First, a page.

2. EIPs are often under-researched when they hit the roadmap, and there is a large uncertainty of their implementability (effectively EIP process is used as a research process). If EIPs are higher quality and properly researched and prototyped, the risk of them being thrown out and causing knock-on effect are lower
  3. Test preparation is a fairly centralised process

Challenging these assumptions is something that would have benefits regardless of whether the cadence is increased. And therefore, it is something to strive for

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#30

@shemnon thank you this is great! I still have to figure out how to pull this into a summary so we can gather everything — thanks for doing “homework”.

@AlexeyAkhunov I think we can move to a more continuous / faster cycle, it will take time for people & processes to adjust rather than time to get work done!

Essentially “kanban” where EIPs are pushed through to ready and then bundled into releases.

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#31

To formalize what I said on AllCoreDevs on 26 April, for @AlexeyAkhunov’s point 1 if a fork goes poorly, like Constantinople did (with both testnet and mainnet problems) the same devs that would implement the change for the next network upgrade would be the same people fixing the problematic deployments of the previous network upgrade. If things go well you are correct they will not be the same people working them.

If we get to a point where things are going smoothly at 6 months (both Istanbul and Asaigo) we can re-evaluate for 4 months (with Brie and Cheddar or Cheddar and Derby overlapping). But both Byzantium and Constantinople were not what I would consider smooth. Alexey’s points 2 and 3 are the indicators we will need to see to consider a 4 month cycle.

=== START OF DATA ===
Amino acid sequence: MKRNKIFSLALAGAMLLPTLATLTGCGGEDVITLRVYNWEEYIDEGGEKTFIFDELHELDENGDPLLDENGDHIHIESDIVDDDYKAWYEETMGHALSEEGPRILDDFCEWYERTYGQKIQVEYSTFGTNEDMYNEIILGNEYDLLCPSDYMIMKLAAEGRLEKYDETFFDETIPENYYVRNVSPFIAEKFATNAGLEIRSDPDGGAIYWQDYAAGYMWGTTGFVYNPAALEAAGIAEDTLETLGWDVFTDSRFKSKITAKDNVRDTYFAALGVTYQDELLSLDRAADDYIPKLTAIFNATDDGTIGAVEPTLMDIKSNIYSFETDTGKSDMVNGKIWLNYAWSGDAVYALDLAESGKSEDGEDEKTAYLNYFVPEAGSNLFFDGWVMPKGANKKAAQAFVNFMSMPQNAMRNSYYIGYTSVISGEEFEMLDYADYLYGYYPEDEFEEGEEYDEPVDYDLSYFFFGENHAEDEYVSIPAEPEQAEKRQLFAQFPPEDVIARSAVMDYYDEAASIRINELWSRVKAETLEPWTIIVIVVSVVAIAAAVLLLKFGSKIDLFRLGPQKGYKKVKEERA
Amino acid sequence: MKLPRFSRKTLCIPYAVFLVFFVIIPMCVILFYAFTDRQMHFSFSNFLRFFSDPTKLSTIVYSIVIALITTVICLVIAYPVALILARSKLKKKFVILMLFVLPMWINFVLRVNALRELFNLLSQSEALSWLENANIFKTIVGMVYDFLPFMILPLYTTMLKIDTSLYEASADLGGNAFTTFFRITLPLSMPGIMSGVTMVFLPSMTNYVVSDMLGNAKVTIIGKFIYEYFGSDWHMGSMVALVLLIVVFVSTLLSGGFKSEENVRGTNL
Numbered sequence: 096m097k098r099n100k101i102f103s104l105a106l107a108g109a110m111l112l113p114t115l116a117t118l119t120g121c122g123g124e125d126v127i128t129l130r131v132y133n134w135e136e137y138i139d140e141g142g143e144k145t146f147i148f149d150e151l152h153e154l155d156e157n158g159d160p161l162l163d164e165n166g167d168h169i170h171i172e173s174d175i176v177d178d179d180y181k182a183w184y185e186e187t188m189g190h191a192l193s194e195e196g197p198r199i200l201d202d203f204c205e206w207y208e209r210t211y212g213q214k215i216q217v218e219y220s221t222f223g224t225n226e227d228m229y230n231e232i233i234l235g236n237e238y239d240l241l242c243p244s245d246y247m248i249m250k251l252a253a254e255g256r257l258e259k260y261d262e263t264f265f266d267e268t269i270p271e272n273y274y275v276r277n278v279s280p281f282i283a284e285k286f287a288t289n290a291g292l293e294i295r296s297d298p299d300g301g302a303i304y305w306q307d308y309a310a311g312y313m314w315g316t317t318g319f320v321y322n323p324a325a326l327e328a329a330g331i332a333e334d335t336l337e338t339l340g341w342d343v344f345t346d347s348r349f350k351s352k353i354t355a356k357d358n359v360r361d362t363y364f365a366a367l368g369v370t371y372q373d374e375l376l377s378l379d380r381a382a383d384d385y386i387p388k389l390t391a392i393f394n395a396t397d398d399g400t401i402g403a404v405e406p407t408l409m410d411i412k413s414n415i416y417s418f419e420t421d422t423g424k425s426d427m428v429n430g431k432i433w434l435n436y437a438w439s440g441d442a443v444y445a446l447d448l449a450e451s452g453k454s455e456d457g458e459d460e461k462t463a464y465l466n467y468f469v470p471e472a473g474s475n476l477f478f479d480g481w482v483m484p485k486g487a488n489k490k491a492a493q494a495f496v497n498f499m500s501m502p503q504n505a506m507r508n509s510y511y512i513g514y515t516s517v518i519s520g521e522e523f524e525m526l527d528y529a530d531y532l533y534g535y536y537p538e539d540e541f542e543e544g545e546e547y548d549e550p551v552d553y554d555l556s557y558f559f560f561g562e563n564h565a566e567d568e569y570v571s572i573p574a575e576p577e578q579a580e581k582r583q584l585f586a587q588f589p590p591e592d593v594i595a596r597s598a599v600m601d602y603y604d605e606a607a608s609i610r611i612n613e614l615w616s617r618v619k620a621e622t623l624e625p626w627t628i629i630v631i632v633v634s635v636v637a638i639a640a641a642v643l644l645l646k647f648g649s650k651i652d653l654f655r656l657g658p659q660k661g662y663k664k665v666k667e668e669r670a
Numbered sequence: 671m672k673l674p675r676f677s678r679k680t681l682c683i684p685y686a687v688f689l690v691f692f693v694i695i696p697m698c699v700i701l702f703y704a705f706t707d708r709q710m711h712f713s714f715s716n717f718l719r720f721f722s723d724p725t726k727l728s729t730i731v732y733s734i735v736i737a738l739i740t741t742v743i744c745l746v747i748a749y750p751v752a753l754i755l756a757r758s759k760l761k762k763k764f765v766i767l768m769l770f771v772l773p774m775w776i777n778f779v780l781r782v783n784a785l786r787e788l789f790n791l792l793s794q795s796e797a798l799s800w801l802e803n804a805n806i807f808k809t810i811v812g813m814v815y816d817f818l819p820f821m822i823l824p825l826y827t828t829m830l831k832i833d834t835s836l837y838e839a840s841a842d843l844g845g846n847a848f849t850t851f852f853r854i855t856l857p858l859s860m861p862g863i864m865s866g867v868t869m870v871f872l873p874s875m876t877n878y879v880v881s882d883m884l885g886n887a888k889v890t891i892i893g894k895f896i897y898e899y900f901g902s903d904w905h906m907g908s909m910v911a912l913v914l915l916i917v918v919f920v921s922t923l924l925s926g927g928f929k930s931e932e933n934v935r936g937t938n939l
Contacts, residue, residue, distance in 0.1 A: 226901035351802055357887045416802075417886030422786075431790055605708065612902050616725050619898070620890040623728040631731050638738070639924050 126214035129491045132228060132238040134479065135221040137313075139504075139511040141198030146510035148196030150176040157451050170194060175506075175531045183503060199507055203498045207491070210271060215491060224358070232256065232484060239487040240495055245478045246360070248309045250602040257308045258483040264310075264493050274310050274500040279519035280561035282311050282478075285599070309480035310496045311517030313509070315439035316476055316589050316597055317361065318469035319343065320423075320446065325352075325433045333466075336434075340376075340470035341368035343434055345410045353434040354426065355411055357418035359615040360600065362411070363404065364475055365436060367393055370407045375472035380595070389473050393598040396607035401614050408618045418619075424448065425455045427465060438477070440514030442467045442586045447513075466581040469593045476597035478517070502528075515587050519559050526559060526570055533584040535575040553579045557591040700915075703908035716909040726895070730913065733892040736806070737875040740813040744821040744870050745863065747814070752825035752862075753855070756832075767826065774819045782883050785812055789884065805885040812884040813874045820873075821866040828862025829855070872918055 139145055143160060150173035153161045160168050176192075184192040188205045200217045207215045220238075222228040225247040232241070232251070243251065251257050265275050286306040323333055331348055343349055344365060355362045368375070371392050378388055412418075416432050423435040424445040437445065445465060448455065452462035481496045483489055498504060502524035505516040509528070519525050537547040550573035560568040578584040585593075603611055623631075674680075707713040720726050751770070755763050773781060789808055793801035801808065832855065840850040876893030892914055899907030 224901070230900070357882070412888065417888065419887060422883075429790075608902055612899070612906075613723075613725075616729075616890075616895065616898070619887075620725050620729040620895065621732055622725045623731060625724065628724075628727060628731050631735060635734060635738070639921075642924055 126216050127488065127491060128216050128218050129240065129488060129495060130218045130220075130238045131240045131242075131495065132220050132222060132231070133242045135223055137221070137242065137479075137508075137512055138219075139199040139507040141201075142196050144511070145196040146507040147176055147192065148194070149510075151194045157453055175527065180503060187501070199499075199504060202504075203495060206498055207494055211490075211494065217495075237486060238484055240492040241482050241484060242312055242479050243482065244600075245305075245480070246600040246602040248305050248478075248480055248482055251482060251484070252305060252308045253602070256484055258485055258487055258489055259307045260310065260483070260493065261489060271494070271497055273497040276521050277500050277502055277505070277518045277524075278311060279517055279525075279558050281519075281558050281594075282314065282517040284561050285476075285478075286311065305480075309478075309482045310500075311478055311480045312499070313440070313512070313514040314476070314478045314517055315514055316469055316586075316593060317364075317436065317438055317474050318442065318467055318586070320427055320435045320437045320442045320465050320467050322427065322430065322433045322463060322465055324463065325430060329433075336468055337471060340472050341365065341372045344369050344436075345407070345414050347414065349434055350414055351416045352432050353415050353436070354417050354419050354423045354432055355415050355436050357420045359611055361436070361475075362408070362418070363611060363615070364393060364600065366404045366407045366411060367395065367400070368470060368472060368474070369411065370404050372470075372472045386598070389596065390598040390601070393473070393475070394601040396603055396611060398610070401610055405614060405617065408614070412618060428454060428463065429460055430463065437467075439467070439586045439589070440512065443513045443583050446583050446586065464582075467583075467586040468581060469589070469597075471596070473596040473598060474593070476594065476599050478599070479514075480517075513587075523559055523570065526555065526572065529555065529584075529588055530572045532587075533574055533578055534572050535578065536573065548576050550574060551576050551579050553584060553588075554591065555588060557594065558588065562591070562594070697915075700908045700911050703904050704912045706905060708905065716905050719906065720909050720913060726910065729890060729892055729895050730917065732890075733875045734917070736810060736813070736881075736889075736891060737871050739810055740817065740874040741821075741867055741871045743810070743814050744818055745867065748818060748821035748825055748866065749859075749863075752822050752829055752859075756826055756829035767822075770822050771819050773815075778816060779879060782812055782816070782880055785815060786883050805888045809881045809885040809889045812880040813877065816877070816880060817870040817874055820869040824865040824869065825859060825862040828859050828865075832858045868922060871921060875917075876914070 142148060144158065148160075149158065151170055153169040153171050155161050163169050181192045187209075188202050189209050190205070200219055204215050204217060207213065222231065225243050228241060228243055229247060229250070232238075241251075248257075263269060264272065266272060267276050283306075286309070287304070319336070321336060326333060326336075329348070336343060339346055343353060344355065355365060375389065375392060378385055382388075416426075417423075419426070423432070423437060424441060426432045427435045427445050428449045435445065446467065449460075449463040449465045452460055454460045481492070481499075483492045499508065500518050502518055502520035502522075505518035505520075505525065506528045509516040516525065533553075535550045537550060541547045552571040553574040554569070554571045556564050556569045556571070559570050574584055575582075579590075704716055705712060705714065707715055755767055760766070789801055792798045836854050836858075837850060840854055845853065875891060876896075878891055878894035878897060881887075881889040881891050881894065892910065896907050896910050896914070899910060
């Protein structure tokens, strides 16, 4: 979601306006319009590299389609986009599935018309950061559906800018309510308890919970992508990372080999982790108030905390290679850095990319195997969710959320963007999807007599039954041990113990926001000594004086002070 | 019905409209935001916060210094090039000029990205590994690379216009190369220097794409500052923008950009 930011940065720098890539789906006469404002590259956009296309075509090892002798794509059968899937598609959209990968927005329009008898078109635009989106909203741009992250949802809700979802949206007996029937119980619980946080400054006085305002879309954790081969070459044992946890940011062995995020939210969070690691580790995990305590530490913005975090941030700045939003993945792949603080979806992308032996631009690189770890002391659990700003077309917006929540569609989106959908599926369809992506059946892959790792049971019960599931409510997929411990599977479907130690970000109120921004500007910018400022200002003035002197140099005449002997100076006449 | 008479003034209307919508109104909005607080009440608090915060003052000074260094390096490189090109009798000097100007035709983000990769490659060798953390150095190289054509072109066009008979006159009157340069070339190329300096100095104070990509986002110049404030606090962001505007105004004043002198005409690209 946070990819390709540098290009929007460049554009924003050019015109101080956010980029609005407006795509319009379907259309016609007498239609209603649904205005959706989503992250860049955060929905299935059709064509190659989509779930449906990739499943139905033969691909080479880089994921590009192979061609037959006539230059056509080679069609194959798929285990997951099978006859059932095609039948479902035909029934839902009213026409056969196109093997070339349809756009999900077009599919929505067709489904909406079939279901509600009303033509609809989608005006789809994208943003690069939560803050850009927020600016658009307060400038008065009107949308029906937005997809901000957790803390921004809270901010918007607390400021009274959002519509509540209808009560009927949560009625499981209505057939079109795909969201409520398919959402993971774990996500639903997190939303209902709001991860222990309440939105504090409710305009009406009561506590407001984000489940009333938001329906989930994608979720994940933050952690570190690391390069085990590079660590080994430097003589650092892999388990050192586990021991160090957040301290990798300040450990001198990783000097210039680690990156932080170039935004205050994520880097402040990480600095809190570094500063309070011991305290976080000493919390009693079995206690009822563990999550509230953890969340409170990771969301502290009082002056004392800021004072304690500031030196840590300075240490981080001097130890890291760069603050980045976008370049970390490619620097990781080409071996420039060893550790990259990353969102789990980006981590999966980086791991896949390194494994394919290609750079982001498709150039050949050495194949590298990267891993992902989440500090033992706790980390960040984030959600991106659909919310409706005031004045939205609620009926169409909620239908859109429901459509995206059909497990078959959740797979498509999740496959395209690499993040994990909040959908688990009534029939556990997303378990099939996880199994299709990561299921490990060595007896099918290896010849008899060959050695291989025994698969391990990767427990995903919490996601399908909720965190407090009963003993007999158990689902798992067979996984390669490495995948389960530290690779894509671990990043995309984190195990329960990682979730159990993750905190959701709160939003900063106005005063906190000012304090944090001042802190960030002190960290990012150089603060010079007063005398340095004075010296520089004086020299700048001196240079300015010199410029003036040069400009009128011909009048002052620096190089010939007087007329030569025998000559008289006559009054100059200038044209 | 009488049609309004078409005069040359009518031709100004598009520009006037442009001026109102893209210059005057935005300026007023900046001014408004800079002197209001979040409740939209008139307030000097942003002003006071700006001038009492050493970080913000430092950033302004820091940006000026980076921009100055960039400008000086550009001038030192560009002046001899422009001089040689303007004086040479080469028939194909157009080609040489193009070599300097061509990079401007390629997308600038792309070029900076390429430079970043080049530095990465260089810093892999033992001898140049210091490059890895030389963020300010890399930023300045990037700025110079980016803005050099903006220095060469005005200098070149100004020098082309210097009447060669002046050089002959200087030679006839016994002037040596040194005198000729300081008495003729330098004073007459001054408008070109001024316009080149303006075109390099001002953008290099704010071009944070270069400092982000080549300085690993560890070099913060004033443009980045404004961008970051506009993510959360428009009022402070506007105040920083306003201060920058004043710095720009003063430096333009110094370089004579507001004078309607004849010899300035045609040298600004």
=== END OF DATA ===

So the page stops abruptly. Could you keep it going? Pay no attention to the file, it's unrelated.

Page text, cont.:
And to be clear, these cheesy names are placeholders until we get more formal ones. But when talking about particular network upgrades in the future we need some mnemonic that implies monotonic order.

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#32

A couple of things on my mind for Asaigo -

  • Create a new “EIPs Proposed” checkpoint two to three months after kickoff. 6-7 months before mainnet.
  • Change the “EIPs” Proposed checkpoint to “EIP ready.” 4 months after kickoff and 5 months before launch.

This new checkpoint will be when we close the door to new EIPs for the upgrade, rather than 5 months before upgrade it will be 6-7 months. This will then give time to discuss and hash over the proposed EIPs for two to four all-core-devs calls. Anything that gets kicked out of the previous upgrade (such as EIP-1283 was) would automatically be considered as proposed.

EIPs don’t need to be well formed, they just need to be communicated as proposed with some reasonable bounds. Like “My fee market proposal as per my talk at Conference Y” or “State Fees steps W, X, and Z.”

The existing 5 months to go mark the EIPs proposed would need to be “ready” - i.e. someone would have been on ACD to champion the EIP, ACD had discussion on it on the call or in FEM (or some other appropriate forum) and the EIP would be in a condition it could go into last call, accepted, or final. The idea being it is ready for client implementors to implement without concern for it being incomplete.

The 3 month (client implementations soft deadline) and 2 month (Testnet launch) checkpoints would remain the same.

Date Istanbul ‘Asiago’ ‘Brie’ ‘Cheddar’
May 2019 EIPs
Jun 2019
Jul 2019 Clients Kickoff
Aug 2019 Testnet
Sep 2019 Proposals
Oct 2019 Mainnet
Nov 2019 EIP Ready
Dec 2019
Jan 2020 Clients Kickoff
Feb 2020 Testnet
Mar 2020 Proposals
Apr 2020 Mainnet
May 2020 EIP Ready
Jun 2020
Jul 2020 Clients Kickoff
Aug 2020 Testnet
Sep 2020 Proposals
Oct 2020 Mainnet
Nov 2020 EIP Ready
Dec 2020
Jan 2021 Clients
Feb 2021 Testnet
Mar 2021
Apr 2021 Mainnet

Future cheesy placeholder names:
‘Danbo’ - Oct `21
‘Edam’ - Apr '22
‘Fetta’ - Oct '23
‘Gouda’ - Apr '23
‘Hoop’ - Oct '23
‘Infossato’ - Apr '24

This will get us 5 years out, which is what, two major bear markets?

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#33

I suggest to use Devcon locations past Istanbul:

  • (devcon 0: berlin?)
  • devcon 1: london
  • devcon 2: shanghai
  • devcon 3: cancun
  • devcon 4: prague
  • devcon 5: osaka

After 2.5 (?) years that would mean we need to have more devcons or switching naming convention :slight_smile: